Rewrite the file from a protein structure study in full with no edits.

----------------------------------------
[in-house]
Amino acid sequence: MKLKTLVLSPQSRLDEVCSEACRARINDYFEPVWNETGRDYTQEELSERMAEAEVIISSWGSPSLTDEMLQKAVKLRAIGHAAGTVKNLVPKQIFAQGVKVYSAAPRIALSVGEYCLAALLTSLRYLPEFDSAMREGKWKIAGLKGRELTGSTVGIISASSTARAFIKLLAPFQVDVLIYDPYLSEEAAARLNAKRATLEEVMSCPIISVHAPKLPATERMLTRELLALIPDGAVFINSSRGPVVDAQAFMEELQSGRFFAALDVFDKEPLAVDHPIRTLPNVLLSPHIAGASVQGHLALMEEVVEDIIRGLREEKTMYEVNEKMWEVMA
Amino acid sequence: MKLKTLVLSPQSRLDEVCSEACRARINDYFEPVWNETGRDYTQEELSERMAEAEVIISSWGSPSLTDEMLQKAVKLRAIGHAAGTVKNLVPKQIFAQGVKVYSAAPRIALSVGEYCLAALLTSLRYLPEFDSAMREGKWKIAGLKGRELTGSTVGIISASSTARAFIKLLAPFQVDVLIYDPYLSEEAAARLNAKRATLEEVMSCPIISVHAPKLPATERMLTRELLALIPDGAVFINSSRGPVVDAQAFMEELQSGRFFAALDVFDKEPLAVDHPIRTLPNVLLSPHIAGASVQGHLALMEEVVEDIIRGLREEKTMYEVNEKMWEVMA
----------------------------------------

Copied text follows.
[in-house]
Amino acid sequence: MKLKTLVLSPQSRLDEVCSEACRARINDYFEPVWNETGRDYTQEELSERMAEAEVIISSWGSPSLTDEMLQKAVKLRAIGHAAGTVKNLVPKQIFAQGVKVYSAAPRIALSVGEYCLAALLTSLRYLPEFDSAMREGKWKIAGLKGRELTGSTVGIISASSTARAFIKLLAPFQVDVLIYDPYLSEEAAARLNAKRATLEEVMSCPIISVHAPKLPATERMLTRELLALIPDGAVFINSSRGPVVDAQAFMEELQSGRFFAALDVFDKEPLAVDHPIRTLPNVLLSPHIAGASVQGHLALMEEVVEDIIRGLREEKTMYEVNEKMWEVMA
Amino acid sequence: MKLKTLVLSPQSRLDEVCSEACRARINDYFEPVWNETGRDYTQEELSERMAEAEVIISSWGSPSLTDEMLQKAVKLRAIGHAAGTVKNLVPKQIFAQGVKVYSAAPRIALSVGEYCLAALLTSLRYLPEFDSAMREGKWKIAGLKGRELTGSTVGIISASSTARAFIKLLAPFQVDVLIYDPYLSEEAAARLNAKRATLEEVMSCPIISVHAPKLPATERMLTRELLALIPDGAVFINSSRGPVVDAQAFMEELQSGRFFAALDVFDKEPLAVDHPIRTLPNVLLSPHIAGASVQGHLALMEEVVEDIIRGLREEKTMYEVNEKMWEVMA